The convergence of lower valuations and the AI boom creates a favorable landscape for early-stage VCs. By seizing the opportunity to invest in deep tech companies, they align themselves with the future of innovation and set the stage for long-term returns.

Two large equity funds launched this week. What gives?

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Market Outlook for IPOs and M&A

The current outlook for IPO activity suggests a relatively slow period for the rest of the year. While this may present challenges for companies seeking to go public, there is optimism about market recovery in the first and second quarters of the next year. This optimism is driven by the discussions among late-stage VC firms, who are preparing their portfolios for mergers and acquisitions (M&A) and future IPOs.

Late-stage VCs are actively strategizing and deploying capital to help their portfolio companies navigate the M&A landscape. The return of late and growth-stage capital indicates a renewed focus on supporting companies in their pre-IPO stages. By assisting with M&A activities, these funds aim to position their portfolio companies for a successful future.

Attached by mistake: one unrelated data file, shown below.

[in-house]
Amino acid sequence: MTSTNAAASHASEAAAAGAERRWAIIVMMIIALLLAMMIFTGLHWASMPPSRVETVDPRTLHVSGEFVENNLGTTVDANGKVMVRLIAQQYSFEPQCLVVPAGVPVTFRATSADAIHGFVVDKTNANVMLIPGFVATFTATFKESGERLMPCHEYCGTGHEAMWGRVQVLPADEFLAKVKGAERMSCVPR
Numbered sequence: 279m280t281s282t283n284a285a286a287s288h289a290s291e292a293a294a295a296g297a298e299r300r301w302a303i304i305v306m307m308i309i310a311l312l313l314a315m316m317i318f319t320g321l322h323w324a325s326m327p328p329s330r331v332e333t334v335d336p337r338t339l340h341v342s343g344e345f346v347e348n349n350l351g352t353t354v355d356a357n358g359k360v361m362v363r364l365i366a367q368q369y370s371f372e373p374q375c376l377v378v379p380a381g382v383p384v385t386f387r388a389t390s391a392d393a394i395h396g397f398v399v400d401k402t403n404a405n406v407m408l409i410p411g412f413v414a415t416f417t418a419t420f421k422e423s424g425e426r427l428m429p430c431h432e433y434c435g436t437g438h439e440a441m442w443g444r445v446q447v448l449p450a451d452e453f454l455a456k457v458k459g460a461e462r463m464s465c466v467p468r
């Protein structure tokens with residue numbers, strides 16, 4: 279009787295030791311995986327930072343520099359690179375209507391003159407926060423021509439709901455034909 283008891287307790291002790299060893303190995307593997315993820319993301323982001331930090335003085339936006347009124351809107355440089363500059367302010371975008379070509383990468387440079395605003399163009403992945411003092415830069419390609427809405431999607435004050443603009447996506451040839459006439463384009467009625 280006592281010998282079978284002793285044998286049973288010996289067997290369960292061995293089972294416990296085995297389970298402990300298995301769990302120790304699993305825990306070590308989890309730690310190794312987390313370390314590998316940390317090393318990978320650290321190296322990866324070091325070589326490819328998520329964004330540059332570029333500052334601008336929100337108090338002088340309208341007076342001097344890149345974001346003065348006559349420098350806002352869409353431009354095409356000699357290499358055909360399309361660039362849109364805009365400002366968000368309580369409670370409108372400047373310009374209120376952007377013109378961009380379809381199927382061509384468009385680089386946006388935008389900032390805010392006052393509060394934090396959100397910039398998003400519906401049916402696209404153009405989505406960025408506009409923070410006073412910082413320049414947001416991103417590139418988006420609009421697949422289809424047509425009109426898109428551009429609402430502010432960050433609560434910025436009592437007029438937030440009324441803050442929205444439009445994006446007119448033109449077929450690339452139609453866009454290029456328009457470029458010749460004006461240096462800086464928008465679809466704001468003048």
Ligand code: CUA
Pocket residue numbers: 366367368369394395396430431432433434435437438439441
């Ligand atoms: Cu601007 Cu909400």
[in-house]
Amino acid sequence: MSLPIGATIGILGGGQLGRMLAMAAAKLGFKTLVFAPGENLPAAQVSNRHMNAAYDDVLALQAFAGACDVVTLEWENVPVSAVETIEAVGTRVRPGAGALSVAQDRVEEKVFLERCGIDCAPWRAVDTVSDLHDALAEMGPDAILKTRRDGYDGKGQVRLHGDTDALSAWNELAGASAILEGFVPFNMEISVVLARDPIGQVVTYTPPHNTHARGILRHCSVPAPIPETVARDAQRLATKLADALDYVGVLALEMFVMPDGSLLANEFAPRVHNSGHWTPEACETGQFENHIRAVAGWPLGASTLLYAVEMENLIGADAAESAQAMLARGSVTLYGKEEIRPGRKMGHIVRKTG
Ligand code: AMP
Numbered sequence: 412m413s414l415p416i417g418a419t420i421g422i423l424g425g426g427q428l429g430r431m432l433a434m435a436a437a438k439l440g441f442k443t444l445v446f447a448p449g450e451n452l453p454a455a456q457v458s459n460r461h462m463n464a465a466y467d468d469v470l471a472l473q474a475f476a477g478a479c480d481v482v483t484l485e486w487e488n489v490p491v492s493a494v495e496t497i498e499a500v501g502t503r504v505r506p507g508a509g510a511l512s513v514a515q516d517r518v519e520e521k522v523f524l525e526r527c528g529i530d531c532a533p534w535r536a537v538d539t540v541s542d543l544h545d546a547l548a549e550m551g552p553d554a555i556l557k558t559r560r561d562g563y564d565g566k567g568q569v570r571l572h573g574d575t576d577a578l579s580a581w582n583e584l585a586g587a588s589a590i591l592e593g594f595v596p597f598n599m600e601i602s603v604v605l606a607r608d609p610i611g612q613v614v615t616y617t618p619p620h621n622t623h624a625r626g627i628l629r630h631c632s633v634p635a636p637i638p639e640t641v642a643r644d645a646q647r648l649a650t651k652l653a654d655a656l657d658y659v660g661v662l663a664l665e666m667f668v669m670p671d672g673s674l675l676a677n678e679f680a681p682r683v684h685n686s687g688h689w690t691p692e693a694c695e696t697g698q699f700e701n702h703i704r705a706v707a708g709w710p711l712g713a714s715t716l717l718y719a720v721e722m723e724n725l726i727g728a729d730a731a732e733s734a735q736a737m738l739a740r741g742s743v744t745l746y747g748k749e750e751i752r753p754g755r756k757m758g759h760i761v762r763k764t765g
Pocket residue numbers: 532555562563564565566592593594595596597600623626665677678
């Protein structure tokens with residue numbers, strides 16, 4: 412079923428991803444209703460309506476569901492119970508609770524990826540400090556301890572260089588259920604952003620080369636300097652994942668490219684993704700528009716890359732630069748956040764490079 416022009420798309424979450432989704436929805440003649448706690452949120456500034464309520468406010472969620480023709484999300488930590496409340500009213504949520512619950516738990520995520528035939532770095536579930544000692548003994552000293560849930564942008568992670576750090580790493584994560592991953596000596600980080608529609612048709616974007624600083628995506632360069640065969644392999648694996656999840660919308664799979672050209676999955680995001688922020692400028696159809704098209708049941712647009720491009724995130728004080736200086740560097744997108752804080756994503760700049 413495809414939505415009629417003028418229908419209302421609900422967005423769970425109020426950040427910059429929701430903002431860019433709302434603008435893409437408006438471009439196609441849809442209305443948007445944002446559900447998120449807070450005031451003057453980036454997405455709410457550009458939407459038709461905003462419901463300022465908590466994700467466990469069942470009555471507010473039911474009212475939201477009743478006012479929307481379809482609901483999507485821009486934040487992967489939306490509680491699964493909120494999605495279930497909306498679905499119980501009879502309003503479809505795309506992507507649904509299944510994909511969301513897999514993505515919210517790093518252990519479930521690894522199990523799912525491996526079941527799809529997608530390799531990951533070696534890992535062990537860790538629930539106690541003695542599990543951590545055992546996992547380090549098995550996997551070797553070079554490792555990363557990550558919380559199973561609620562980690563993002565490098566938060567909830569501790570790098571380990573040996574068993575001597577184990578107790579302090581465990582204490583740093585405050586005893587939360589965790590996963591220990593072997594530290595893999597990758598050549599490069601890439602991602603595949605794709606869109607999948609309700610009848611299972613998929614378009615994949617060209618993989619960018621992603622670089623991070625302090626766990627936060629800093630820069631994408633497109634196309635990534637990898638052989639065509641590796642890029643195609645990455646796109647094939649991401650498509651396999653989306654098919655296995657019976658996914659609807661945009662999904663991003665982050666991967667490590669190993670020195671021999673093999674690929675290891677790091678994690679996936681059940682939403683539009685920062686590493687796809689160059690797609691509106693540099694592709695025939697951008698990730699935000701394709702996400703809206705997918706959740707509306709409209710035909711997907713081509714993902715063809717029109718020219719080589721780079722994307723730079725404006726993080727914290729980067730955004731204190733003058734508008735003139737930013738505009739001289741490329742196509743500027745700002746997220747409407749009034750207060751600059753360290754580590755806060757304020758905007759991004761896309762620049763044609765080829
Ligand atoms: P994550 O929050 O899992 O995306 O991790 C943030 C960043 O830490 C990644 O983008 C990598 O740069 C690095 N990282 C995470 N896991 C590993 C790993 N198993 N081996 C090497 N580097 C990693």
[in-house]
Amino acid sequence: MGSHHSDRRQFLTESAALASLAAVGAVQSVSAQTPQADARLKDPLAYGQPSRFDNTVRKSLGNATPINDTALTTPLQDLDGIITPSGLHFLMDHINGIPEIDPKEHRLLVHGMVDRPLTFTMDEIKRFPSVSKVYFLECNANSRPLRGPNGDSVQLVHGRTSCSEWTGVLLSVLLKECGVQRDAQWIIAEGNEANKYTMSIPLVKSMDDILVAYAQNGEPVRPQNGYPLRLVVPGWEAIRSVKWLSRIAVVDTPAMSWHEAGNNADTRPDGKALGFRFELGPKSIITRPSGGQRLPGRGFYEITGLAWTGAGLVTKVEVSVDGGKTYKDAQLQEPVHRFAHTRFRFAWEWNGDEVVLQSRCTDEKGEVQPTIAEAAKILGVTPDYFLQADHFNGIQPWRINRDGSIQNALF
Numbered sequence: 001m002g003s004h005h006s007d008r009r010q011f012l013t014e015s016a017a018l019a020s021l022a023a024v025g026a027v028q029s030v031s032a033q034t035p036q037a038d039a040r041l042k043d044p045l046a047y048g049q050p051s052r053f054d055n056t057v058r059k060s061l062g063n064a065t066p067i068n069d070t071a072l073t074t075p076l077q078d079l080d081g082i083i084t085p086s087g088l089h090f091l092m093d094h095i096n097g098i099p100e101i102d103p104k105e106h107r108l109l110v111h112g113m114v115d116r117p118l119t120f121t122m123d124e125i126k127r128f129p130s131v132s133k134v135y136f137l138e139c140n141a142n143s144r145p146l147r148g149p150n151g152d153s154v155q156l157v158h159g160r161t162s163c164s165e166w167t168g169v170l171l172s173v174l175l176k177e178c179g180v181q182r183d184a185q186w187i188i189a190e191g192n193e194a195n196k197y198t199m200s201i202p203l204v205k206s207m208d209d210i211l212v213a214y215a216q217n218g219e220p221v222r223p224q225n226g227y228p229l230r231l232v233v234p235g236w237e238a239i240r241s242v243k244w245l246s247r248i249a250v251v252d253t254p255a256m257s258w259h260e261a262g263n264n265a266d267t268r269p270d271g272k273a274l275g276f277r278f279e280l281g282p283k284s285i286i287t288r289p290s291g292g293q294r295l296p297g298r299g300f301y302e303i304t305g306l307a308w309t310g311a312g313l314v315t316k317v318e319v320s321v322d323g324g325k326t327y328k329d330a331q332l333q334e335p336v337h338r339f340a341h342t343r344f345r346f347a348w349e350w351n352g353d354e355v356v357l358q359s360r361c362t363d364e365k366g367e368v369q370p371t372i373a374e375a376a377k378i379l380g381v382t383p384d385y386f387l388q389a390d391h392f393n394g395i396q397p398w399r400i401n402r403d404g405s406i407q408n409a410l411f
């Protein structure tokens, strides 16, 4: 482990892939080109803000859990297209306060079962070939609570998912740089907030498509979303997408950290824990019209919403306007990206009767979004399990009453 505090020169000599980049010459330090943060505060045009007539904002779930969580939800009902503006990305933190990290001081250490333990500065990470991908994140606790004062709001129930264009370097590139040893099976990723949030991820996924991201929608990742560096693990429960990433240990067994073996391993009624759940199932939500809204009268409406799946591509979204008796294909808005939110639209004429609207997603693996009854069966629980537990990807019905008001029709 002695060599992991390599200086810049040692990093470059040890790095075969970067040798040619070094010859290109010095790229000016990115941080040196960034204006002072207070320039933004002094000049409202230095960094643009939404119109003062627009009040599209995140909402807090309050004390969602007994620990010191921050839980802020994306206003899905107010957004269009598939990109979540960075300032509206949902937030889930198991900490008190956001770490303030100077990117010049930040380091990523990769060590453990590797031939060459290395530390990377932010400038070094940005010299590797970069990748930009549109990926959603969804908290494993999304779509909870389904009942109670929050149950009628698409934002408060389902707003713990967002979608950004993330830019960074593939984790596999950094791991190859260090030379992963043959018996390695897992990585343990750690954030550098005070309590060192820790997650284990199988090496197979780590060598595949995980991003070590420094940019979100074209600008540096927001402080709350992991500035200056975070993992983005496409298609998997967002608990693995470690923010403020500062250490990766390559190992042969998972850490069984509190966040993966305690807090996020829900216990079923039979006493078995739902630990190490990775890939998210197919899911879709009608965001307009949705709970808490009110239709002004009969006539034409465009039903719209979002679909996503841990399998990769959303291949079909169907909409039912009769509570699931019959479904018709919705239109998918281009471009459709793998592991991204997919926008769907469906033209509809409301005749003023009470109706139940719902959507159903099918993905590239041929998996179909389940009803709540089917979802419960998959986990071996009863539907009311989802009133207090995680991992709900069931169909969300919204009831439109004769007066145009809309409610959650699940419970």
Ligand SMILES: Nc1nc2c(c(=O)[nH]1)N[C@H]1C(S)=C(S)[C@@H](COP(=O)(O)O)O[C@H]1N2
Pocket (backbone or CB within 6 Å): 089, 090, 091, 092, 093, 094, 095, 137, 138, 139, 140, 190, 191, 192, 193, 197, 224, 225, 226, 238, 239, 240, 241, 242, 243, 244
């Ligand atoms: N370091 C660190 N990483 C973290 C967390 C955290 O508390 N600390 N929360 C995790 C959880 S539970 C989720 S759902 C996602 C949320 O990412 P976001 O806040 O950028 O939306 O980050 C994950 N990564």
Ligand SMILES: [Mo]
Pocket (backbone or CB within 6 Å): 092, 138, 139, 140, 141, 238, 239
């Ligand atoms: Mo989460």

While the immediate market conditions may pose challenges for IPOs, the overarching sentiment about market recovery serves as a driving force for investment strategies. Late and growth-stage capital is being strategically deployed to help companies unlock their full potential through M&A deals and future IPOs.

Two large equity funds launched this week. What gives?

Explaining the Emergence of Larger Funds

The emergence of larger funds in what may seem like a down or flat market for startups is driven by several factors. Firstly, the return of late-stage capital indicates the confidence of investors in companies planning for an IPO rebound. Late-stage capital aims to bolster pro-IPO companies and invest in their growth potential, positioning them for success in the post-IPO landscape.